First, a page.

There are many good things about ‘Wazir’. First off, this is a film that’s backed by writing. Look, look, a plot. Hallelujah. Such a relief after so many plotless wonders masquerading as movies. Next, it brings back the actor in Amitabh Bachchan. And third, it respects our time, keeping things ticking at just over a neat 1.5 hours.
‘Wazir’ is about the coming together of two wounded men, very different in age and temperament, for a mutual purpose. Danish Ali (Farhan Akhtar) is recovering, with excruciating slowness, from a deeply personal tragedy; his wife Ruhana (Aditi Rao Hydari) is suffering too, in her own solitary corner. He meets up with the wheelchair-bound Pandit Omkarnath Dhar (Amitabh Bachchan), and gets sucked into the latter’s world, which is full of light and darkness, the contradictions arising from a painful past loss, and a present trying to come to terms with it.
No time is wasted in building up the swift-yet-tender romance between Danish and Ruhana: Farhan Akhar is excellent as the anti-terrorist officer who uses both brain and brawn to tackle the mystery which lurks at the heart of the film, and grandmeister Amitabh Bachchan shows us, in a couple of beautifully-realized scenes in which he dispenses all mannered flourish, the skill sets he still possesses. I sat through the gripping first half without moving a muscle, for fear of missing something.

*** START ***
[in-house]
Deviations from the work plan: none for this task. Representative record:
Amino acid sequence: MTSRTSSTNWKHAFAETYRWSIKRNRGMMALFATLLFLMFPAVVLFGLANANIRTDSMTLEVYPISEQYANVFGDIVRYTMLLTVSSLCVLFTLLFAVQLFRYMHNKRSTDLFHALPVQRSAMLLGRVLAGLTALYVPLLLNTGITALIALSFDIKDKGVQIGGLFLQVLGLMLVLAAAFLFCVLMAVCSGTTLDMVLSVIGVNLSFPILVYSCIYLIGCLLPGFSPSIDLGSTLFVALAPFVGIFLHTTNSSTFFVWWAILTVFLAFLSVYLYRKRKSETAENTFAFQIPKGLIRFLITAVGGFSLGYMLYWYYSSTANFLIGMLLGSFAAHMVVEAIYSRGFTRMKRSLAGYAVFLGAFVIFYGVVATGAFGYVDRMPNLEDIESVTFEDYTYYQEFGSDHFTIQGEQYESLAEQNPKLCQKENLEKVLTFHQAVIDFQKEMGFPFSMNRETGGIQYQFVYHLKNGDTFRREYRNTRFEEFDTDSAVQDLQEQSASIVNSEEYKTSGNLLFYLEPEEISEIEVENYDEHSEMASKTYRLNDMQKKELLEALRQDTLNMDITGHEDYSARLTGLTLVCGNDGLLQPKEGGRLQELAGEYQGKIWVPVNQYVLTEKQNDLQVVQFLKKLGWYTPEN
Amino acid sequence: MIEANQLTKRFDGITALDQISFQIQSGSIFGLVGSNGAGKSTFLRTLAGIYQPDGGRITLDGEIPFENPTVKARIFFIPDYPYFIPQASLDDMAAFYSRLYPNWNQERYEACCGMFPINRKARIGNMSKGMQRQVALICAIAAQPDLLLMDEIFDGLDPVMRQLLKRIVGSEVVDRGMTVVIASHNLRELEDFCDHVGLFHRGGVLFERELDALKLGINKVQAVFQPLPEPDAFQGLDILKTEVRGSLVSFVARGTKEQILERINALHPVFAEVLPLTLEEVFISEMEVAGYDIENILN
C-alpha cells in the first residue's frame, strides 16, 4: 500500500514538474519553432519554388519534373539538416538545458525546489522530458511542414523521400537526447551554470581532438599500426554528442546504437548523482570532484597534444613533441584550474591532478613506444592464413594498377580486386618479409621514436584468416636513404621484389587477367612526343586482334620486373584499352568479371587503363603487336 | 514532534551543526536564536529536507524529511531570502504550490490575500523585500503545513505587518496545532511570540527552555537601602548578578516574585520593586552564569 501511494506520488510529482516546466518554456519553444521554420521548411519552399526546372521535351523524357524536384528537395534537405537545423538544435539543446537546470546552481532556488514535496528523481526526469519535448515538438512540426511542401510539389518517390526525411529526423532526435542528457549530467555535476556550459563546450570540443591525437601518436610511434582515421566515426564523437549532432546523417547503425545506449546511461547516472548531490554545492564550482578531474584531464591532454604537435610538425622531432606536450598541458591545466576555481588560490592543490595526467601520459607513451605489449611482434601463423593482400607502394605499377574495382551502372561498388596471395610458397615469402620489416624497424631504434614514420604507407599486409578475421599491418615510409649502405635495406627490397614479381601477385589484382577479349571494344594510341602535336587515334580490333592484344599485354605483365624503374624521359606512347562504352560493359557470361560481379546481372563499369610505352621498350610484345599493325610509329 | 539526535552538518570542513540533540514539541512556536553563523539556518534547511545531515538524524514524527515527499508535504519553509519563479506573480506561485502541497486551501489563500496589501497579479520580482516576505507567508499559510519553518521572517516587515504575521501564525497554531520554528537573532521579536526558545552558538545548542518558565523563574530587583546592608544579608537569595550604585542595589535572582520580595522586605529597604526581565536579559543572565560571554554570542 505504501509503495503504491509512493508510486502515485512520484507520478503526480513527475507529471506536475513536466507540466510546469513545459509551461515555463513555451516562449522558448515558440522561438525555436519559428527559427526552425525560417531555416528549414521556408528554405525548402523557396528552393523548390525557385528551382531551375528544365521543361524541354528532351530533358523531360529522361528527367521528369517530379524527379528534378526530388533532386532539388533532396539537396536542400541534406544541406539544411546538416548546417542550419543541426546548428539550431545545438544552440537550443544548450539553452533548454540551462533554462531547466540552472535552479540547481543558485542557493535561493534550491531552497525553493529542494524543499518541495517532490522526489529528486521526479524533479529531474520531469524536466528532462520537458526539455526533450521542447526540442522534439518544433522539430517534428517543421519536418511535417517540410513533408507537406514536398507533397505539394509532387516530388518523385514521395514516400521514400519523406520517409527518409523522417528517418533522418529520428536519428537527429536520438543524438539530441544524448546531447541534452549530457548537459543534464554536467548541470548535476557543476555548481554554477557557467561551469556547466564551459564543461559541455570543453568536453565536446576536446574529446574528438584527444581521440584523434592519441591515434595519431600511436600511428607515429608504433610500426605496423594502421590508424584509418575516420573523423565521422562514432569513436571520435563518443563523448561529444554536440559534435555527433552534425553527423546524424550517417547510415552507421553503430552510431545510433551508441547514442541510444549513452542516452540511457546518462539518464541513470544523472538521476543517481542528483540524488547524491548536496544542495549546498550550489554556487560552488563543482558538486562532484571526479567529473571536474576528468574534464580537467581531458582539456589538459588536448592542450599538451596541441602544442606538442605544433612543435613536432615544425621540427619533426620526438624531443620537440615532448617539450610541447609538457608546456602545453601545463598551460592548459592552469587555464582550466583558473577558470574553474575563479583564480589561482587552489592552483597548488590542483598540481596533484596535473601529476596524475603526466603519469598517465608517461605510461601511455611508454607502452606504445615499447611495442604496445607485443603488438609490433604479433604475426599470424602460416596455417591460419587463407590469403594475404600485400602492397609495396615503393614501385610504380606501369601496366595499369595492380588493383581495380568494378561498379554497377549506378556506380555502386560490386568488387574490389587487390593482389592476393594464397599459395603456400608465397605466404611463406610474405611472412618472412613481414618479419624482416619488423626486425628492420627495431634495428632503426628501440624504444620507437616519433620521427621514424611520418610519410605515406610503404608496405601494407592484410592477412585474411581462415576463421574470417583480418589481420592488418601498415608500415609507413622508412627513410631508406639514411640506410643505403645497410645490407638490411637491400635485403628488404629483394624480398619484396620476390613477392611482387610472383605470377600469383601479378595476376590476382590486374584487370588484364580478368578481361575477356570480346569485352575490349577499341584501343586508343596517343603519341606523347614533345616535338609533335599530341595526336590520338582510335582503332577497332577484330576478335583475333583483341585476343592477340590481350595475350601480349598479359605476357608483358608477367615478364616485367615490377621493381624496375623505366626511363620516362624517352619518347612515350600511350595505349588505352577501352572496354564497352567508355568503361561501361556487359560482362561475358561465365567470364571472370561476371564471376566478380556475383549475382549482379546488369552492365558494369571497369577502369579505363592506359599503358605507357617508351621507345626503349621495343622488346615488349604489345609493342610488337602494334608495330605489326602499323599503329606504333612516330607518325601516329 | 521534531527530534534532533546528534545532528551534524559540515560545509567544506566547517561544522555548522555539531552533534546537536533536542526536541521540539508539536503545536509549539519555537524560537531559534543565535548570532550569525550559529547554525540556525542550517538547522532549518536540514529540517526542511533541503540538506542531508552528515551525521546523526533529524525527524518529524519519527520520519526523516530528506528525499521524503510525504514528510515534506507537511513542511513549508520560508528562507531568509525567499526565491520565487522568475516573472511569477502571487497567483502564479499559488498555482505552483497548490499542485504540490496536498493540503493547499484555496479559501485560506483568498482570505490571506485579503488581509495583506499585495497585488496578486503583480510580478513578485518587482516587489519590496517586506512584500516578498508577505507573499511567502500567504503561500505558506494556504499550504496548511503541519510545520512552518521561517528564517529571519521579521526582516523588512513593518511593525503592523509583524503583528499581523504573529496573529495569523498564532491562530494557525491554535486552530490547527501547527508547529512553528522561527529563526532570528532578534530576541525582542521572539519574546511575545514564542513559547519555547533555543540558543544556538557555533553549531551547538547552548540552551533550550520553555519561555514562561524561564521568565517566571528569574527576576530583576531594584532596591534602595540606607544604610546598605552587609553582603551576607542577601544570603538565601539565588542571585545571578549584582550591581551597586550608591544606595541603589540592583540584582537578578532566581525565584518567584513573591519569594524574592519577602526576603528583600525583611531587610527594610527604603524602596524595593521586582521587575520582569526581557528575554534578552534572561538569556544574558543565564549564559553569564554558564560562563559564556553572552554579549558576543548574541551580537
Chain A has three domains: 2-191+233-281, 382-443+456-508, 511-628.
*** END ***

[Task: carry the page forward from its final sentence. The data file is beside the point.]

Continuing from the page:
The plot twists, and with it comes a menacing figure called Wazir, trailing blood and gore and death. The ploy is smart if literal, because of the film’s use of an actual chess board to tell us how to make moves. There’s a nice even if a little underlined metaphor at work too: life is like a game of chess, and we are all pawns at the mercy of the crafty `wazir’. Well played.
If the second half had been as taut, the film would have been riveting. But Bejoy Nambiar’s familiar penchant for manufacturing atmosphere comes in the way. The insistence on grand backdrops, impressive as they are, causes sporadic dips in pace, giving us time to see the punches being telegraphed. But while that’s going on, Manav Kaul’s power-hungry politician keeps us watching: he plays someone he is not with pleasing economy. And Neil Nitin Mukesh makes a comeback, even if sketchy and a trifle contrived.
There’s enough to watch in ‘Wazir’ despite its flaws. It reaffirms something we’ve always known: that there’s nothing to beat a plot-driven film (co-written by Vidhu Vinod Chopra and Abhijat Joshi). That the supreme importance in a thriller is to keep it going. And that strong performances are the pivot of any film.